AoCyber: Side Quest 1

TL;DR: Use Wireshark, Aircrack-ng the wifi password, grab the b64 encoded PFX from mimikatz output in the capture, then find the clipboard data.

AoCyber: Side Quest 1

If you found this post, you probably already found

See this years' other rooms as well:

SQ 1: Day 0
SQ 2: Day 6
SQ 3: Day 11
SQ 4: Day 20

Finding this was annoying but not difficult. Simply browsing through all their social media channels, starting with the side quest room in Discord, you can find obvious contents of one corner of a QR code.

However, even as I backtrack to find the references for these codes, I'm reminded of how I struggle with OSINT. Maybe being in the bathroom while doomscrolling X isn't such a time waste.

#1 Pinned in Discord

#1 Pinned in Discord

#2 On a random picture on twitter

#3 On a Photo Post in LinkedIn

#4 Was released last on the advent itself

Once you click the "View Site" button, you can even throw in the pngs to have them auto-arranged for you so you can find the first room:

The Actual Challenge

This is a dump of a pcapng file that needs a few steps to complete, but is otherwise a simple tcpdump analysis.


  • Wireshark (Make sure to update so you have the latest and greatest filters)
  • Aircrack & a wordlist like rockyou
  • Patience

Starting off we have a fully encrypted packet capture and a prompt. Our Yeti buddy was able to log into the Wi-Fi and get some network talk between Van Spy and someone else. Lets see if we can crack this capture open.

This is where our first question's answer lives.

To get the Wi-Fi keys to disassemble this encryption, we'll need to use something like Aircrack to identify the Wi-Fi handshake packets and use that to reverse the password so we can use it for our own means. But rather than join their Wi-Fi, we'll use it to decode what we already have.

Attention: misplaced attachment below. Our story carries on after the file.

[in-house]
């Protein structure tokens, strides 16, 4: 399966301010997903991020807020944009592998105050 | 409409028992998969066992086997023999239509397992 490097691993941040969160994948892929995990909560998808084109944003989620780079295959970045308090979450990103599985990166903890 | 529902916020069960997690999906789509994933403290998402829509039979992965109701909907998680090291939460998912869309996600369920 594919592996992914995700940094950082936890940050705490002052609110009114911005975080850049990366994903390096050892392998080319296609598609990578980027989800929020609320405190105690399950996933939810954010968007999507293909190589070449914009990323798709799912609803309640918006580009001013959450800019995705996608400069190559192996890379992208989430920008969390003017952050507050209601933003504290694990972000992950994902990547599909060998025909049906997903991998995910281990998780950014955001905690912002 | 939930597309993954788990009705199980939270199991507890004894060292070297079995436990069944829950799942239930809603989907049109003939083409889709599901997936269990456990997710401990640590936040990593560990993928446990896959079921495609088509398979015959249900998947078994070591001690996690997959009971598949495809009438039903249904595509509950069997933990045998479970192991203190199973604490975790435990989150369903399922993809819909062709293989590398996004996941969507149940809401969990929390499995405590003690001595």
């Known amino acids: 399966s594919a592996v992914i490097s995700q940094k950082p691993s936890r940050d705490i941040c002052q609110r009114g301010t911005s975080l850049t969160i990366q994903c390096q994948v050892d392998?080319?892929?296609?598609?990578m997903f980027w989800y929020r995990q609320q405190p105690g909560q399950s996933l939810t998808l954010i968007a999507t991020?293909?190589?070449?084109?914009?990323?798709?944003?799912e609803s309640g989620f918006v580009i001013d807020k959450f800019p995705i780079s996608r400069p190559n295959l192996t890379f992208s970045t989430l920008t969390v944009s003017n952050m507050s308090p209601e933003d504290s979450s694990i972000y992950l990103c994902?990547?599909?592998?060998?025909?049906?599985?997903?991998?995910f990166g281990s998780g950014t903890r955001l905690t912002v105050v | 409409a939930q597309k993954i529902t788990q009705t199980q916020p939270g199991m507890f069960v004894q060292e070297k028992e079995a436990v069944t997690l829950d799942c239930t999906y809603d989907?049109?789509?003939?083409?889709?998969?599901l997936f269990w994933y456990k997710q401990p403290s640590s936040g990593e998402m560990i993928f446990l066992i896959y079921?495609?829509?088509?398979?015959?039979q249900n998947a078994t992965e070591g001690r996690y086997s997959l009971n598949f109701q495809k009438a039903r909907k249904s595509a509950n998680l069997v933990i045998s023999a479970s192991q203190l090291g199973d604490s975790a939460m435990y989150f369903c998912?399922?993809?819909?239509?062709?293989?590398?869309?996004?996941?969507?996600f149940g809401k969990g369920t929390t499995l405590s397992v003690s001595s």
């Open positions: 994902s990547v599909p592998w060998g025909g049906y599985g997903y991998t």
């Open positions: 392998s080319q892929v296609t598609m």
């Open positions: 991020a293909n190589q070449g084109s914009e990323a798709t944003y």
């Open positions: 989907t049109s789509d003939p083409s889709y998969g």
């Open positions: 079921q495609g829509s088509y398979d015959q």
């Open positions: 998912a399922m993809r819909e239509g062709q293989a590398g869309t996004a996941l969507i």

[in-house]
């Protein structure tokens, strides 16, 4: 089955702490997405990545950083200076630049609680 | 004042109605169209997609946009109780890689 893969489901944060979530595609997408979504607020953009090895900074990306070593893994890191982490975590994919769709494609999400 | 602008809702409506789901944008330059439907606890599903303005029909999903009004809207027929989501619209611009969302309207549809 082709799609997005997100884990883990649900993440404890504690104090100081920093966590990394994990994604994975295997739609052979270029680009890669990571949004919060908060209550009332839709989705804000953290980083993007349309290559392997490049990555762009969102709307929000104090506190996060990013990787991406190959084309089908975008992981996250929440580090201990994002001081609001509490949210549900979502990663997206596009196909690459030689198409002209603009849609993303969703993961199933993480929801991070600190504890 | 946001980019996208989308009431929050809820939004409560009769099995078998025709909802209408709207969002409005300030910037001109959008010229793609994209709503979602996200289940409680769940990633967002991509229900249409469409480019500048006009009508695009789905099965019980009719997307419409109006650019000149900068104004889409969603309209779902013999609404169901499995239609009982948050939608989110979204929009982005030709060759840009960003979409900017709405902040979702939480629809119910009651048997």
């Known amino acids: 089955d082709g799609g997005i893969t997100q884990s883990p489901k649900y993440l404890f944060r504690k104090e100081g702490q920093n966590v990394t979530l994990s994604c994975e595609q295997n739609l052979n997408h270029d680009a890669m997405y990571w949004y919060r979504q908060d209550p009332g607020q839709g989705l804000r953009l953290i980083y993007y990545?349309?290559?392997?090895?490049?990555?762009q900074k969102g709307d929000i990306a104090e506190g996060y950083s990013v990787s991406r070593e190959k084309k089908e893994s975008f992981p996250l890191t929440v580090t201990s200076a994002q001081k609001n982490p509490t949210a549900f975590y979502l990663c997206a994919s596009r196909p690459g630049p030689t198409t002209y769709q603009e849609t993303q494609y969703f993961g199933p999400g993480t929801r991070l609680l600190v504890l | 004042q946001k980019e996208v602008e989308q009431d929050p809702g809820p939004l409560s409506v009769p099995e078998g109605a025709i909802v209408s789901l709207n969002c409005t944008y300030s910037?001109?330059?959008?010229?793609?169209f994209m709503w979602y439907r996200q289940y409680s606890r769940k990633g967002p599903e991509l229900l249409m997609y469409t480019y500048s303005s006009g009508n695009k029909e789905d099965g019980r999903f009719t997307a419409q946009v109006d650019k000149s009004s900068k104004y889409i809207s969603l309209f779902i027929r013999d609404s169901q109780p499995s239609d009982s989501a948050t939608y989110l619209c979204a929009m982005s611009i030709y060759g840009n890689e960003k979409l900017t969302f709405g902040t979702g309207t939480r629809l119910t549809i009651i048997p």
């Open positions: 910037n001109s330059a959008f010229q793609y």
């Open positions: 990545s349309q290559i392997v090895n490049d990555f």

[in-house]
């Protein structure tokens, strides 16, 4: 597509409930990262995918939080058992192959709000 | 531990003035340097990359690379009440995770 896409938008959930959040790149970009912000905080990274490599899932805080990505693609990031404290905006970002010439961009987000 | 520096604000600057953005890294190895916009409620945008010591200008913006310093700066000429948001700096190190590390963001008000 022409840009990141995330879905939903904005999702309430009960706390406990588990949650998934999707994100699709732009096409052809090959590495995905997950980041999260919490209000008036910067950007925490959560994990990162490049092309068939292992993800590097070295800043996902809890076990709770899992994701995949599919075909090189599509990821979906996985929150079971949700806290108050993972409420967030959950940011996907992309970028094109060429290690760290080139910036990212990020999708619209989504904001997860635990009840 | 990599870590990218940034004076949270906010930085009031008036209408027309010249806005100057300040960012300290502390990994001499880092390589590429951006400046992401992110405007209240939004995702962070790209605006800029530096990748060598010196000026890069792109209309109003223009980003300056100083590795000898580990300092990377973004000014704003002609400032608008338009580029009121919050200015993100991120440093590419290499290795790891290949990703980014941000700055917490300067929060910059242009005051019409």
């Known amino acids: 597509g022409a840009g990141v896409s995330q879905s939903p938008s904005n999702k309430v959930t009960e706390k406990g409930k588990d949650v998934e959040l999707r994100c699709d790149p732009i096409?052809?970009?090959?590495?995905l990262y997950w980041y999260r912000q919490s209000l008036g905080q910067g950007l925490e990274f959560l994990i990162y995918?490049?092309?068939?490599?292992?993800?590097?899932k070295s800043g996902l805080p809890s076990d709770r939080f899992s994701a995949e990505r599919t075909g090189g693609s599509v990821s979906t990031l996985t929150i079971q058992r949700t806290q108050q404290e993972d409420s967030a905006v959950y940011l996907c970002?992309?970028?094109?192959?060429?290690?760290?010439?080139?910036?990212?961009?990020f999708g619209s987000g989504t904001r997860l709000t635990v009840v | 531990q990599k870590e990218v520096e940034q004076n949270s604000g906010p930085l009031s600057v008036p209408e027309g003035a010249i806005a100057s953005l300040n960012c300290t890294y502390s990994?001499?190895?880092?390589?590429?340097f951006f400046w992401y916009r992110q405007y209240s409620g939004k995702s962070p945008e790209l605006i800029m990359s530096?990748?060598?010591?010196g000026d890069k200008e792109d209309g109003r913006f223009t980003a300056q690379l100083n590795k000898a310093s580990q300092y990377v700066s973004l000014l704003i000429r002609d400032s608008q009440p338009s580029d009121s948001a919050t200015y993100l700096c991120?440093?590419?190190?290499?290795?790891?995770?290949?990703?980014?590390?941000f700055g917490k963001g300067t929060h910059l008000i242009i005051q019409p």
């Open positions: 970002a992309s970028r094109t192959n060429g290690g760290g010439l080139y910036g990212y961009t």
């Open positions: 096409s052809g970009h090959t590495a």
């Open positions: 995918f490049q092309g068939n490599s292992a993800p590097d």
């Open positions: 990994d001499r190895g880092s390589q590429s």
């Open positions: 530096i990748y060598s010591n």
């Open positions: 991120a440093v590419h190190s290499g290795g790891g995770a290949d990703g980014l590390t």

Aircrack needs this format to be a normal pcap though, so we'll just save as pcap and go from there. Wireshark: File > Save As... > pcap

└─$ aircrack-ng VanSpytcpdump.pcap -w /usr/share/wordlists/rockyou.txt
Reading packets, please wait...
Opening VanSpytcpdump.pcap
Read 45243 packets.

                               Aircrack-ng 1.7 

      [00:00:01] 32754/10303727 keys tested (38895.46 k/s) 

      Time left: 4 minutes, 24 seconds                           0.32%

                           KEY FOUND! [ <REDACTED> ]

      Master Key     : A8 3F 1D 1D 1D 1F 2D 06 8E D4 47 CE E9 FD 3A AA 
                       B2 86 42 89 FA F8 49 93 D7 C1 A0 29 97 3D 44 9F 

      Transient Key  : 00 00 00 00 00 00 00 00 00 00 00 00 00 00 00 00 
                       00 00 00 00 00 00 00 00 00 00 00 00 00 00 00 00 
                       00 00 00 00 00 00 00 00 00 00 00 00 00 00 00 00 
                       00 00 00 00 00 00 00 00 00 00 00 00 00 00 00 00 

      EAPOL HMAC     : C1 0A 70 D9 65 94 5B 57 F2 98 8A E0 FC FD 2B 22 
This is the answer to the second question.

There we go, now we just have to go back to Wireshark and input our IEEE 802.11 key.

And now we have data that we can actually see. Let's peruse our way down the list and see what we've got, ideally we do a surface glance, then deep dive into the sections we find.

Scrolling through the dump, we see a lot of packets related to the following, in chronological order:

  • Wi-Fi broadcasts to establish connections
  • Pings, DNS lookups, and RDP
  • A whooooole lot more RDP
  • What looks like a bunch of failed TCP connections from every port imaginable, like an nmap sweep
  • Some data on port 4444 on a TCP stream
  • More broadcasts as the traffic looks concluded